Is fascism on the march?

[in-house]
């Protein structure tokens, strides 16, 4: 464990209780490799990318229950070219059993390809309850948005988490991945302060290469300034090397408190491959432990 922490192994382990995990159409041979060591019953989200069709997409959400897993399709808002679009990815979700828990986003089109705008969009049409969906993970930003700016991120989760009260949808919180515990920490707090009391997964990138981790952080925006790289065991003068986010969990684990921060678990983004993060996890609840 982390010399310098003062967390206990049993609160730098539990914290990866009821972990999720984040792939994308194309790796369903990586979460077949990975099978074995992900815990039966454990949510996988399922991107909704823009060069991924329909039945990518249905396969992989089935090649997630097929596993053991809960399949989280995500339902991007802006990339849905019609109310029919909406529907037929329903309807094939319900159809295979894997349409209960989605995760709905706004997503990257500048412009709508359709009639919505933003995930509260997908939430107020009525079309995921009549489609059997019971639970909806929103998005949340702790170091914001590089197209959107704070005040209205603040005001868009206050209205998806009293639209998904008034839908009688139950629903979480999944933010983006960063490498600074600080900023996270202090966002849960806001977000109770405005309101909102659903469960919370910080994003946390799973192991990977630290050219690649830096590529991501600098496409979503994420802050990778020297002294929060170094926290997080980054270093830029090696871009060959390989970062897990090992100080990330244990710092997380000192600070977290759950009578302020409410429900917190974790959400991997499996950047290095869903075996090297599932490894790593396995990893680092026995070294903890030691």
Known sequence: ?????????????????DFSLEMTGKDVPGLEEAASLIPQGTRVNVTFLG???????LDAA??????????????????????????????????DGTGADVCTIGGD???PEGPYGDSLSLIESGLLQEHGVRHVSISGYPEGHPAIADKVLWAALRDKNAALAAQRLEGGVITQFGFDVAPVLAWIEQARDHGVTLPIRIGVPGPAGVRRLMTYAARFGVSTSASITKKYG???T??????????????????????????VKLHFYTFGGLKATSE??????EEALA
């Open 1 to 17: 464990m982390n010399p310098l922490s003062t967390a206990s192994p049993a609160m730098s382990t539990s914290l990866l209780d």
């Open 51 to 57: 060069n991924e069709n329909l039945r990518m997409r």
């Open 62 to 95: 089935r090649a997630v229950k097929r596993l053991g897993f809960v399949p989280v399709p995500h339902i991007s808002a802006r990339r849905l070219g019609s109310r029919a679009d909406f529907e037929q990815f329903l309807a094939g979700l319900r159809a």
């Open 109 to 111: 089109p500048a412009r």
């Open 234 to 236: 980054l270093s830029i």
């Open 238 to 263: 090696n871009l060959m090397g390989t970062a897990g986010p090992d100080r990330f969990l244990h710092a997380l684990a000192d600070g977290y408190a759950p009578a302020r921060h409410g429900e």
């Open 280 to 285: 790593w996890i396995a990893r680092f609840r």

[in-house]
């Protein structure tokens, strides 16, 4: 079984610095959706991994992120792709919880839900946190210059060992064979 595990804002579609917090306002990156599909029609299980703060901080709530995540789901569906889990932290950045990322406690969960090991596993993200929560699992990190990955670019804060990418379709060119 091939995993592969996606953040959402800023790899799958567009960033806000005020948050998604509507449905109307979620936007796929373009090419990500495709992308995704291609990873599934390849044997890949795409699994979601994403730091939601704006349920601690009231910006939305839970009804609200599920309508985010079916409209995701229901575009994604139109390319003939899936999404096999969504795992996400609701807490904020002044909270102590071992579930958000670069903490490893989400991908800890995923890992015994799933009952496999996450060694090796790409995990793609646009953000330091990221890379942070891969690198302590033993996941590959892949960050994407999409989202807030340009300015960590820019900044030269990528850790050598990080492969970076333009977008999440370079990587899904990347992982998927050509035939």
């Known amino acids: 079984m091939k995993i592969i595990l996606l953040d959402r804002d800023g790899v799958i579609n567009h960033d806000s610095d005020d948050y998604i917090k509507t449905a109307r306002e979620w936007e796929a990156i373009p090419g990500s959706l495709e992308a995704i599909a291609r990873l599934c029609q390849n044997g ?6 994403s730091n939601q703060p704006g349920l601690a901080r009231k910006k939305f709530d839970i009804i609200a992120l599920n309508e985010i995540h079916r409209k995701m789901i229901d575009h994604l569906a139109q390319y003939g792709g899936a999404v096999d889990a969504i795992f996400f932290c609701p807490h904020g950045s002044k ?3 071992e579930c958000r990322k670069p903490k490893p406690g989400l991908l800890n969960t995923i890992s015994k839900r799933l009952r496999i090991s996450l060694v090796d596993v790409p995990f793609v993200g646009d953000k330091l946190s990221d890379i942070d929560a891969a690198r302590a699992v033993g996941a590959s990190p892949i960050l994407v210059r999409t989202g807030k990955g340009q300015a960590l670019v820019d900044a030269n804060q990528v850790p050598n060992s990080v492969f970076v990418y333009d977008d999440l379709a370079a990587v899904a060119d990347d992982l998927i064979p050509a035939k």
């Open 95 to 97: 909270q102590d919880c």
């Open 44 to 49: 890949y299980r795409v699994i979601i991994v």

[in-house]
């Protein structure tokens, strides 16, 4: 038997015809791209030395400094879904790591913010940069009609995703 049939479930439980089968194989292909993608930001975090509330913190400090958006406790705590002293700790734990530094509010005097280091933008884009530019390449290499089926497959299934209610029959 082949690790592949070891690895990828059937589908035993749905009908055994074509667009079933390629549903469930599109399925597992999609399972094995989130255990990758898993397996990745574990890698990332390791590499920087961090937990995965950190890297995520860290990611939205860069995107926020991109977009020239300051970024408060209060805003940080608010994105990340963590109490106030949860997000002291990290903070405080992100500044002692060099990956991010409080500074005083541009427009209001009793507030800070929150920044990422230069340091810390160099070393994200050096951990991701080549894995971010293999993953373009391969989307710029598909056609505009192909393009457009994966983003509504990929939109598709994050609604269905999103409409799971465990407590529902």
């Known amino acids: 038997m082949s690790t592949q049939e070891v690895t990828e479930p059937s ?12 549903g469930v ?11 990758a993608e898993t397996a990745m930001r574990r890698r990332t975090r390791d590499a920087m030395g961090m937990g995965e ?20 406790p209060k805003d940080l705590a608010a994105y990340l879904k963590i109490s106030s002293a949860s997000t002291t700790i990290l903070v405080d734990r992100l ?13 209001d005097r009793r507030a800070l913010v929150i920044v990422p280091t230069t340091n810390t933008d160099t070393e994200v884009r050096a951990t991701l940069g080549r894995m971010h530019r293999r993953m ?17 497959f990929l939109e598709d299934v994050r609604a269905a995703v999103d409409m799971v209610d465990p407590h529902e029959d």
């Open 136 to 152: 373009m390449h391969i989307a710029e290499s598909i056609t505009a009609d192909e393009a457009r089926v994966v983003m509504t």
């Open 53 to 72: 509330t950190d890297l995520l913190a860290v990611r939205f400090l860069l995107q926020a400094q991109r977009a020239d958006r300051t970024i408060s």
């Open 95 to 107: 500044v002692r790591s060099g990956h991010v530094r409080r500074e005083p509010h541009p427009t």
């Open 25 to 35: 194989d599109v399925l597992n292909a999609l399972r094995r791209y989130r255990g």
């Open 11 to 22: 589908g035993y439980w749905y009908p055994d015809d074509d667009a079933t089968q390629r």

By taking second place in last week's Dutch general election, the rightwing political grouping called the Lijst Pim Fortuyn (LPF) caused something of a sensation. Even before the assassination of its eponymous leader, the LPF - campaigning on a populist, ultra-chauvinist anti-immigration platform - was set to do well. Its 17% share of the vote, with 23 seats in parliament, as against the victorious Christian Democrats (CDA), with 29% and 43 seats, was evidently augmented by some electors who, while not necessarily agreeing with the LPF's policies, wanted to express their shock and sympathy, as well as their disillusionment with mainstream politics, by effectively voting for a dead man. As a result, the LPF is currently in negotiations with CDA leader Jan Peter Balkenende to form part of a rightwing coalition administration. How should we assess the significance of the LPF's remarkable appearance in the political firmament of a state that has for decades been run by stable coalitions of almost interchangeable parties presided over by an ossified elite? Some on the left have reacted by dubbing Pim Fortuyn, along with Le Pen and Haider, not just a racist but a fascist, and representing them as the standard-bearers of some kind of homogeneous Nazi resurgence across Europe. This hasty, untheorised approach is not only absurd, but counterproductive. As Marxists, we need to address this phenomenon soberly on the basis of a materialist, class analysis, not adopt a scatter-gun approach that uses the categories of 'fascist' or 'Nazi' as little more than swearwords and thus debases their real meaning and content. Let us begin by asking who was Pim Fortuyn and how does the LPF fit into the contemporary political scene in the Netherlands? A flamboyantly high camp homosexual with pretensions to an aristocratic lifestyle, Fortuyn came from a solidly bourgeois, catholic background, which he rejected in the 1970s by involving himself in leftwing student politics. Having been a professor of sociology, he got a job as a columnist on the rightwing magazine Elsevier, which gave him scope to play the political maverick and opportunist by promoting a paradoxical brew of chauvinist, anti-immigrant rhetoric, free market economics and libertarianism. Without any kind of political experience and without a programme, Fortuyn only came to prominence in March this year, when his Leefbaar Rotterdam (Liveable Rotterdam) - not so much a party; more of a pressure group, focused on immigration, crime and the state of the public services - got more than 35% of the vote in the city's council elections. Like Leefbaar Rotterdam, the LPF itself - rapidly cobbled together in order to ride the crest of the Rotterdam wave and fight the general election - comprised nothing more than a vehicle for Fortuyn's political ambitions. Of the 51 candidates on the LPF list, only one - Jimmy Janssen van Raaij, a renegade former CDA MEP - could be called a politician. The rest are a colourful collection of business people, professionals and careerists. Immediately, following Fortuyn's death, the 'party's' financial backer, property magnate Harry Mens, said that without Fortuyn the LPF was meaningless and could not survive. He switched his support to the CDA, who objectively can be seen as the real beneficiaries of the 'Fortuyn effect'. The LPF was led for a few days by Joao Varela, a 27-year-old black immigrant from the Cape Verde Islands who works as a cosmetics executive and who apparently functioned as Fortuyn's deputy. He has since been replaced by former LPF spokesman Mat Herben, who, with van Raaij, is representing the LPF in coalition talks. Given that it lacked even a semblance of internal coherence and organisational infrastructure, let alone a social base, the LPF's showing last week was clearly remarkable. What brought it about and what does it represent? At the centre of Fortuyn's platform was a consciously provocative stance on immigration. His oft repeated statement - "16 million Dutch is enough. The country is full" - seems to have struck a chord with a sizeable swathe of a disaffected electorate. The so-called 'purple' coalition that has run the Netherlands against a benign economic background since 1994 is perceived as having feathered its own nest and that of the wealthy, while having at the same time failed to deliver on schools, hospitals, education and law and order. The so-called "Polder model", a social 'trade-off' (to use a term much loved by Blair guru Tony Giddens, a noted admirer of 'Polder'), meant that Dutch politics were characterised by close collaboration between capital, the state and the trade union bossocracy. In return for generous social welfare provision, organised labour was expected to show wage restraint, take no industrial action and accept the consequences of 'labour market flexibility'. Even in the good times, this has seen a relative decline in real living standards for many, especially the poorest, while the number of millionaires grew markedly. Cynicism about what ossified consensus government can deliver to the ordinary citizen has grown measurably. This sense of fatigue and discontent, along with growing anxiety about the social consequences of an expected economic downturn, was ripe for opportunistic exploitation by a populist demagogue such as Fortuyn, who focused his scapegoating on the immigrants and their families who comprise more than 18% of the country's population. The largest number come from Turkey ('guest workers' and their descendants, invited to Holland in the 1970s). There are also sizeable populations of Moroccans and former residents of Dutch colonies like Surinam and the Netherlands Antilles. Along with calls for strict limits on further immigration and a 'discouraging', harsh approach to asylum-seekers, Fortuyn specifically targeted the islamic immigrant community. Whereas judaeo-christian values had passed through the "civilising Laundromat" of humanism and the enlightenment, islam represented a "backward" cultural influence. Muslims must abandon this backwardness and integrate themselves into the rest of the population by learning Dutch and assimilating the values of Dutch culture. A multiculturalism that allowed islam to continue practices like arranged marriages, genital mutilation of females, discrimination against gays ("For muslims, as a homosexual, I am less than a pig") and so forth could no longer be tolerated. What was needed was a "monoculturalism" founded on Fortuyn's imagined Dutch identity. He cleverly played on the long tradition of social liberalism in Dutch society by mixing his anti-immigrant chauvinism with justifiable demands for an end to what liberals and socialists alike would regard as reactionary, unacceptable practices and attitudes. He emphasised that the LPF would not accede to the CDA's mooted notion of turning back the clock on such questions as euthanasia, easy abortion and the decriminalisation of marijuana. Indeed, he advocated making marijuana available in supermarkets and grocery stores as just another commodity. As Rotterdam LPF boss Ronald Sorenson put it after the election, the CDA would have to accept the entire 'left-liberal' legacy on social policy if a CDA-LPF coalition were to materialise: "They're going to have to lump it. These are all laws of the land and it's too late to start changing everything now" (The Daily Telegraph May 17). True, Fortuyn's ultra-chauvinist rhetoric and his effort to play the islamic card in the wake of September 11 were contemptible. But to equate his position with that of Le Pen or even label him a 'fascist' or 'racist' is misguided. Le Pen's extreme nationalism, with its antecedents rooted in Vichy and the Algerian experience, openly demands the repatriation of ethnic minorities. Fortuyn's calls for restrictions on fresh immigration and for the social integration of immigrant minorities from above, however repellent, are qualitatively different. In fact, rather similar noises are being made, in slightly more restrained language, by mainstream politicians, not least in the UK. Does that make Blunkett and Hain 'fascists' or 'racists'? Predictably, before the election, the CDA wasted no time in mimicking Fortuyn's chauvinist rhetoric and adapting it to its own rightwing neoliberal agenda. CDA prime minister-in-waiting Balkenende may make pious statements about the need to "show respect for islam" and to tolerate "genuine" refugees, but the essence of his party's position differs little from that of the LPF itself and includes similar meaningless and inoperable commitments to an imagined 'monocultural' integration. On a turnout of more than 80%, these two rightwing political forces garnered more than 46% of the vote, reflecting widespread malaise, particularly in relation to the perceived relationship between immigration and rising levels of crime. The rest of Fortuyn's platform, insofar as the LPF had one, was also broadly the same as that of the CDA, except concerning the Netherlands' relationship with the EU, where Fortuyn talked about abrogating the country's commitment to the Treaty of Schengen and giving the Dutch veto power over EU expansion via a referendum. Since the election, the LPF has already started to backtrack from its stance on both questions. On economics, the CDA and LPF platforms were pretty indistinguishable: both called for tax breaks and incentives to stimulate 'entrepreneurship', along with the ending of the 'abuse' of the social welfare system by 'undeserving' claimants - not much different from Blair and Brown in fact. In an interview published in Socialist Worker, comrade Pepijn Brandon of the International Socialists in Holland states that, "The comparison between Fortuyn and the Austrian far right leader Jörg Haider is accurate. Both presented themselves as maverick anti-establishment politicians, but campaigned hard on the traditional themes of the fascist right "¦ the issues on which Pim Fortuyn campaigned were virtually identical to those Le Pen used" (May 18). While he concedes that Pim Fortuyn's organisation is not a fully fledged fascist party, the drift of the comrade's position is that the LPF is well on the way to becoming one. Of course, it would be a serious mistake to be complacent about the electoral success of the LPF - the left must learn the correct lessons from what is happening. But the comrade's approach seems fundamentally wrong-headed in that his equation of Fortuyn even with Haider and Le Pen, let alone with fascists, does not bear serious examination. An examination of the nature of fascism has to start from a sound analytical basis. Fascism is the price the working class pays for not making revolution. Fascism represents the negative, counterrevolutionary resolution of a revolutionary situation on behalf of the interests of a failing bourgeoisie. Rule in the old way - through parliament, one party replacing another, etc, - cannot be maintained. Fascism moves to forcibly remove the contradiction within the ruling class. But crucially our class, the working class, our parties and trade union organisations are not just neutralised, but smashed. In no small measure this counterrevolutionary smashing of the working class is carried out by non-state fighting formations organised by a fascist party or movement - these counterrevolutionary formations are the essence of fascism. Since there is no revolutionary situation in any European country, none of Europe's ruling classes are about to turn to fascist parties. Neither is the extreme right our main enemy - the system of capital itself occupies that category. One common facet of the present period of reaction following the collapse of 'official communism' and the decay of traditional social democracy is the absence of a left alternative, whether revolutionary or social democratic in character. Where governments fail to deliver on the basis of their neoliberal, free market economics (to which, as we are ceaselessly told, 'there is no alternative'), then those who suffer, or think they suffer, as a result will become more polarised and look with increasing despair for some force capable of filling the resulting political vacuum. For us, this is both a threat and an opportunity. Maurice Bernal